Figure 6 with 1 supplement see all
Xrp1 over-expression affects the eye in an irbp18-dependent manner.

Most panels show adult eyes where GMR-Gal4 has been used to express the indicated proteins and dsRNAs posterior to the morphogenetic furrow. Temperature was 25°C except where indicated otherwise. Panels (J-L) show eye imaginal discs immunolabeled for mGFP (green) and for cleaved caspase DCP1 (magenta) to reveal apoptosis. Panels S,T show a wing imaginal disc containing clones over-expressing GFP, Xrp1 and Yki. Clones of these cells survived, unlike clones expressing GFP and Xrp1 alone (compare Figure 5B), despite expressing highly elevated Xrp1 (panel T). Genotypes A,C,K) GMR-Gal4/UAS-Xrp1; B,D,L) GMR-Gal4/UAS-Xrp1; irbp18f05006/irbp18f05006. E) GMR-Gal4/UAS-Xrp1; UAS-Xrp1RNAi /+. F). GMR-Gal4/UAS-Xrp1; UAS-irbp18RNAi /+. G) GMR-Gal4/UAS-Xrp1 UAS-irbp18; irbp18f05006/f05006. H,I) GMR-Gal4/UAS-irbp18. J) GMR-Gal4/+. M) GMR-Gal4/UAS-Xrp1; UAS-diap1/+. N) GMR-Gal4/UAS-Xrp1; UAS-p35/+. O) GMR-Gal4/+; UAS-Rheb/+. P) GMR-Gal4/UAS-Xrp1; UAS-Rheb/+. Q) GMR-Gal4/+; UAS-yki/+. R) GMR-Gal4/UAS-Xrp1; UAS-yki/+. S,T) y w hs-FLP; tubP-GAL4 UAS-mCD8::GFP/UAS-Xrp1 UAS-yki; FRT82B arm-LacZ/FRT82B tubP-GAL80..

These studies show that Irbp18 remains positively required for Xrp1 function when Xrp1 is transcribed from a transgene, independently of transcriptional auto-regulation. The reason ectopic expression of Irbp18 alone had no effect may be that insufficient Xrp1 is available in normal eye and wing discs to heterodimerize with excess Irbp18.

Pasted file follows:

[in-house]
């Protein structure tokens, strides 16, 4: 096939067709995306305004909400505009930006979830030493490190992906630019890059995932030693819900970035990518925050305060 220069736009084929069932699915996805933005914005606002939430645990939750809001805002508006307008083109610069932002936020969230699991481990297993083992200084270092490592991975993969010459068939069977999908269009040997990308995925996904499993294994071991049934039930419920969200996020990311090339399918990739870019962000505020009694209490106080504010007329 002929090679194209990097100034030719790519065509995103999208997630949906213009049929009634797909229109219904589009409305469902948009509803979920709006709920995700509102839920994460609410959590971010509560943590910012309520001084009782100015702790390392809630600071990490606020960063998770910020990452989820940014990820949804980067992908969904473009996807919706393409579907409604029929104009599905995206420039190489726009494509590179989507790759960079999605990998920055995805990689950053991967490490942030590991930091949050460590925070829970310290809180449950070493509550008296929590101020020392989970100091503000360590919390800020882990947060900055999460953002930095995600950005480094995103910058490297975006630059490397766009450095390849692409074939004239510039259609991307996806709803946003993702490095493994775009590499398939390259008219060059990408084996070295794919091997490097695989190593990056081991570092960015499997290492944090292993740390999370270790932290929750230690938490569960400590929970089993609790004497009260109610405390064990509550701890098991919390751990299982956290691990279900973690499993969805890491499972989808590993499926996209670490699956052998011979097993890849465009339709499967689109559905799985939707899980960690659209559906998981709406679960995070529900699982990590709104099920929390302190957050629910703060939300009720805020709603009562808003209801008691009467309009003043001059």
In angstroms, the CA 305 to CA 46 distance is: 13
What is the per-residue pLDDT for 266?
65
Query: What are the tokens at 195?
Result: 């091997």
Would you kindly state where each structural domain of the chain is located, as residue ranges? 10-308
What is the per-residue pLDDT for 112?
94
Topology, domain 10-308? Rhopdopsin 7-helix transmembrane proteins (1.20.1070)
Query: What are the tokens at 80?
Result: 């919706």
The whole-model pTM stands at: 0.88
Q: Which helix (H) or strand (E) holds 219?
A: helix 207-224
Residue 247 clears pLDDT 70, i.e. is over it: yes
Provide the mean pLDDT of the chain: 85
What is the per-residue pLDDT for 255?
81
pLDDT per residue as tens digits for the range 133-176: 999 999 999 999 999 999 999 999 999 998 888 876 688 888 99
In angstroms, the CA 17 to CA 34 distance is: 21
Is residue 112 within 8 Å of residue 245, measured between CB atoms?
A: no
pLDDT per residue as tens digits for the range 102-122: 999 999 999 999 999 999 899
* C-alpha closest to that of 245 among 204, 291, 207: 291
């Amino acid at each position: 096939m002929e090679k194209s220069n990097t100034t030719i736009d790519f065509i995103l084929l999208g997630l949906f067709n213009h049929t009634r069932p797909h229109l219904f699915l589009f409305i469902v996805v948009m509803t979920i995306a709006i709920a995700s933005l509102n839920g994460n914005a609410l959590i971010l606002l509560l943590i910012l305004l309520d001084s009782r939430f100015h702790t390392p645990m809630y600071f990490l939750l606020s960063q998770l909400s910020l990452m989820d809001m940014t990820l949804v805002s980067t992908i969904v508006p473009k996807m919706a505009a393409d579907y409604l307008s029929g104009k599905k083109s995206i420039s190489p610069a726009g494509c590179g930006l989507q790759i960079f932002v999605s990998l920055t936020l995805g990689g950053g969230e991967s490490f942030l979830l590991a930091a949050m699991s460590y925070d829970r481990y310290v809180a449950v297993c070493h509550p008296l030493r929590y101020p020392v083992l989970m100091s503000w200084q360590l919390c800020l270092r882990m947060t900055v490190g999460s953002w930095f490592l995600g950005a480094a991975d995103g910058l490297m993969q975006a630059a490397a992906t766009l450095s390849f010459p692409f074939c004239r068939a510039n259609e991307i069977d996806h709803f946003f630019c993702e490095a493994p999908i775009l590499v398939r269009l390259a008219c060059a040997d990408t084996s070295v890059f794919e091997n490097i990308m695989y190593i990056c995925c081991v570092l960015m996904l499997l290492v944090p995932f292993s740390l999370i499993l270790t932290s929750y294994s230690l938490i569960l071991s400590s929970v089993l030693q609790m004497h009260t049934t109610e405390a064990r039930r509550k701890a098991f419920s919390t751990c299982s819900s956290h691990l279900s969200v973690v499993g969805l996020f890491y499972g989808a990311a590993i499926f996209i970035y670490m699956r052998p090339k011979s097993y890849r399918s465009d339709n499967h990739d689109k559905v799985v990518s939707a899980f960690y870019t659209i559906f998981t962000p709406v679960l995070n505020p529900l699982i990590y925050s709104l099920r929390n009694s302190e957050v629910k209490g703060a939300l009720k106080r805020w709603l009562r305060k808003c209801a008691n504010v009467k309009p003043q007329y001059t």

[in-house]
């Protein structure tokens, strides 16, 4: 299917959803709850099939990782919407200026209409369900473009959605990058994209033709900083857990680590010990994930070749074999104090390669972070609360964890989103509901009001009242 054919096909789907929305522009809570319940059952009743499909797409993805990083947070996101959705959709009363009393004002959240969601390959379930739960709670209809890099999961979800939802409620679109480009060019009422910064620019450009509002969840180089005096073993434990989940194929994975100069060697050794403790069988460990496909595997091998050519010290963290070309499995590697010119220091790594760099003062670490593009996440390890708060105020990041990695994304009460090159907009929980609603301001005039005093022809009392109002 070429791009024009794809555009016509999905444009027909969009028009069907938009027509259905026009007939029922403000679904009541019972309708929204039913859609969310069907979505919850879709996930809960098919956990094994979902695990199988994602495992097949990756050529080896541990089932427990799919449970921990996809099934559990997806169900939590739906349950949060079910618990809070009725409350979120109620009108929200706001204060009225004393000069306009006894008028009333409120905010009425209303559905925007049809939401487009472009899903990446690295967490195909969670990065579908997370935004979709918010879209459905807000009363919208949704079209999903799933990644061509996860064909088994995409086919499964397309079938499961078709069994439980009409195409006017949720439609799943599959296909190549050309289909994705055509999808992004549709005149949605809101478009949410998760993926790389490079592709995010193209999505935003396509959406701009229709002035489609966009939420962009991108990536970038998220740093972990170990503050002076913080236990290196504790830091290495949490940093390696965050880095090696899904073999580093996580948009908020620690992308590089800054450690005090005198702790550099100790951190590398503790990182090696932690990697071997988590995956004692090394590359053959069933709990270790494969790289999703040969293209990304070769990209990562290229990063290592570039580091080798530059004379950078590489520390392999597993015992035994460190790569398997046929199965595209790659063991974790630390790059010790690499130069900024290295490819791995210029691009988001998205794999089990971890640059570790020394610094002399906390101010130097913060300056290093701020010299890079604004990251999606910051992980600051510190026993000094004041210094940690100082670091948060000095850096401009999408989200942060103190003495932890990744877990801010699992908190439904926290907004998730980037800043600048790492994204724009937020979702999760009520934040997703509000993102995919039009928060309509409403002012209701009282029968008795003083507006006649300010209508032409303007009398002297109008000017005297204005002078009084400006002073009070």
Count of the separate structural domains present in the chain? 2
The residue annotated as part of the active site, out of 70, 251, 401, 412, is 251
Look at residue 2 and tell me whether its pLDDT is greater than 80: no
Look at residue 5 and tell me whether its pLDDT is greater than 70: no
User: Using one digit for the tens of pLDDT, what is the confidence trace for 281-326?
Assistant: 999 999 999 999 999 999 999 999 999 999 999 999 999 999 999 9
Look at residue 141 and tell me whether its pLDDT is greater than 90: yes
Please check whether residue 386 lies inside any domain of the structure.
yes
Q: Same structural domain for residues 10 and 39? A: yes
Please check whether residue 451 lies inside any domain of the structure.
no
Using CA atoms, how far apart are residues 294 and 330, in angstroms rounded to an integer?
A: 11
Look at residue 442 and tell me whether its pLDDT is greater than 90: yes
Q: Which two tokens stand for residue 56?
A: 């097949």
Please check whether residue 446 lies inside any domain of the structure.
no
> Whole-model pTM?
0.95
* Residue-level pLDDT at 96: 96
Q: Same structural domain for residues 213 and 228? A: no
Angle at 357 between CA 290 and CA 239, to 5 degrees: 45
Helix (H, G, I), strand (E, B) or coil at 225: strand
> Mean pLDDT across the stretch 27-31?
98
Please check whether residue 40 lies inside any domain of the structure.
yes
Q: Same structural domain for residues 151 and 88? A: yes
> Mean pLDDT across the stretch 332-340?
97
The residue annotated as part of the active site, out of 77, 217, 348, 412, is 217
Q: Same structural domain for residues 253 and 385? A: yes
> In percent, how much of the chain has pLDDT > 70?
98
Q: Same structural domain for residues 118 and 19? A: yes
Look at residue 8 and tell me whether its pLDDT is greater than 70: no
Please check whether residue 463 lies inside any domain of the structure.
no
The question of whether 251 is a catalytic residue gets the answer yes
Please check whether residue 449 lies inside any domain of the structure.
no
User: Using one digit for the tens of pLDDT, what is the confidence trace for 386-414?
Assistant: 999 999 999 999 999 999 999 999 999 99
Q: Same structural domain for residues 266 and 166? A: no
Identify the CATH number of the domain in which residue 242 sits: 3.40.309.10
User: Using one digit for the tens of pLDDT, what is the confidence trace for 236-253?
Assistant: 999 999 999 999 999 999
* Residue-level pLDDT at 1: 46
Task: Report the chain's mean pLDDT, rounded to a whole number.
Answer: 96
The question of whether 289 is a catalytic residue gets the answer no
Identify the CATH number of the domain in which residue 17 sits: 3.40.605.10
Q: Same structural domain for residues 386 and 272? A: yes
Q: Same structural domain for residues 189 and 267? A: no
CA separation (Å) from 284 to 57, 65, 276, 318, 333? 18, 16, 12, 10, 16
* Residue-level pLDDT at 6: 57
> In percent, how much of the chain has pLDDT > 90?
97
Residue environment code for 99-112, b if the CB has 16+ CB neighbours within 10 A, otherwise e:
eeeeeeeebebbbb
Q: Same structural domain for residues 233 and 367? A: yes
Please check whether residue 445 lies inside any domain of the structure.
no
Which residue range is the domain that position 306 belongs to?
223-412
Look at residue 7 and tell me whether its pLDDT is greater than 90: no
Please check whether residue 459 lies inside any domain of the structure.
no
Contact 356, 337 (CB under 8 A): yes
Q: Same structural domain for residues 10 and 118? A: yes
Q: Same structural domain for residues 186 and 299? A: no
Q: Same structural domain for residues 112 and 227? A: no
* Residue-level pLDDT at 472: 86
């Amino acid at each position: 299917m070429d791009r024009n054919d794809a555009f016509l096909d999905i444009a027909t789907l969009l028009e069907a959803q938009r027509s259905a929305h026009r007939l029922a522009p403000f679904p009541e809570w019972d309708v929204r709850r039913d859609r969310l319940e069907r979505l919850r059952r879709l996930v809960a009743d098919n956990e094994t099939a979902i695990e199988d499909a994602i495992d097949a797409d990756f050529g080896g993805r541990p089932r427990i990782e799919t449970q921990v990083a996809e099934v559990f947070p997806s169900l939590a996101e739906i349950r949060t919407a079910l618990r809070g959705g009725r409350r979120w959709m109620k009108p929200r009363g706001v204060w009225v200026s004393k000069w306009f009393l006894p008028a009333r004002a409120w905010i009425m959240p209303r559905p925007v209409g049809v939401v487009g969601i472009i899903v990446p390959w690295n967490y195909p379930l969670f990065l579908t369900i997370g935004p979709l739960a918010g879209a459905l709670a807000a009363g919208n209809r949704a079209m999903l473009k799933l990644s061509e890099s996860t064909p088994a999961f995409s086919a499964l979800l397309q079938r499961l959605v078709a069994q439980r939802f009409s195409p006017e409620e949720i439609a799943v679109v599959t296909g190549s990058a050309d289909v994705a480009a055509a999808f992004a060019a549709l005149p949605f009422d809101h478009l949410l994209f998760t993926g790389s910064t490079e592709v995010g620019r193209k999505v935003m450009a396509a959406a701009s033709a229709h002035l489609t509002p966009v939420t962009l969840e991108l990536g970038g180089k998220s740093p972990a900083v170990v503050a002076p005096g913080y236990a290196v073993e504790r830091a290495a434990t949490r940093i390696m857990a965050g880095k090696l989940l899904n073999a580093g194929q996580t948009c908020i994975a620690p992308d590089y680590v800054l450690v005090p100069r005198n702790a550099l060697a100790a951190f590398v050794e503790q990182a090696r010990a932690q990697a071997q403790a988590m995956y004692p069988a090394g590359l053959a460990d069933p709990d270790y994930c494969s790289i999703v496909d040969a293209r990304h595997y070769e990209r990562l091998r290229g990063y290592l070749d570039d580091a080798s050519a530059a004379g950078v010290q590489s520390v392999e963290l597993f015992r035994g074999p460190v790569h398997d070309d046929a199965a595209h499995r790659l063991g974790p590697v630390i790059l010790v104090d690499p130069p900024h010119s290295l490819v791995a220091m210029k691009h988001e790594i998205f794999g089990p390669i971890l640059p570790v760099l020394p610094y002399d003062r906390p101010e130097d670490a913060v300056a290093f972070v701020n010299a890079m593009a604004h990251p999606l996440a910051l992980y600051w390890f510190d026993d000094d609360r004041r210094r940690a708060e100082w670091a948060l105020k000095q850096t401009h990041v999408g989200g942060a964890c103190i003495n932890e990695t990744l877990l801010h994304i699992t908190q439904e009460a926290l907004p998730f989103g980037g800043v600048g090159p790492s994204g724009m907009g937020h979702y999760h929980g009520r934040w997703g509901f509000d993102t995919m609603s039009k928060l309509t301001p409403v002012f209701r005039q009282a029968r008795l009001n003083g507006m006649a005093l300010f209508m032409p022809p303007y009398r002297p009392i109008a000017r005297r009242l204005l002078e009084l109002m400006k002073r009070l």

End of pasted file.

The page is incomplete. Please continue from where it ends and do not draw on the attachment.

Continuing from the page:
Xrp1 domains necessary for ectopic function

To assess the role of domains required for dimerization and DNA binding, we used UAS-transgenes encoding the Xrp1 protein tagged with HA. We compared full length Xrp1 protein with proteins deleted for the conserved AT-hook, the basic region, or the Leucine Zipper (Figure 8C). As a negative control, we expressed an Xrp1 protein truncated after Tyr546, lacking all of these domains. UAS-Xrp1 is lethal in combination with drivers such as en-Gal4, because ectopic Xrp1 eliminates imaginal disc cells very efficiently, so these analyses were performed using late-acting and tissue-restricted drivers.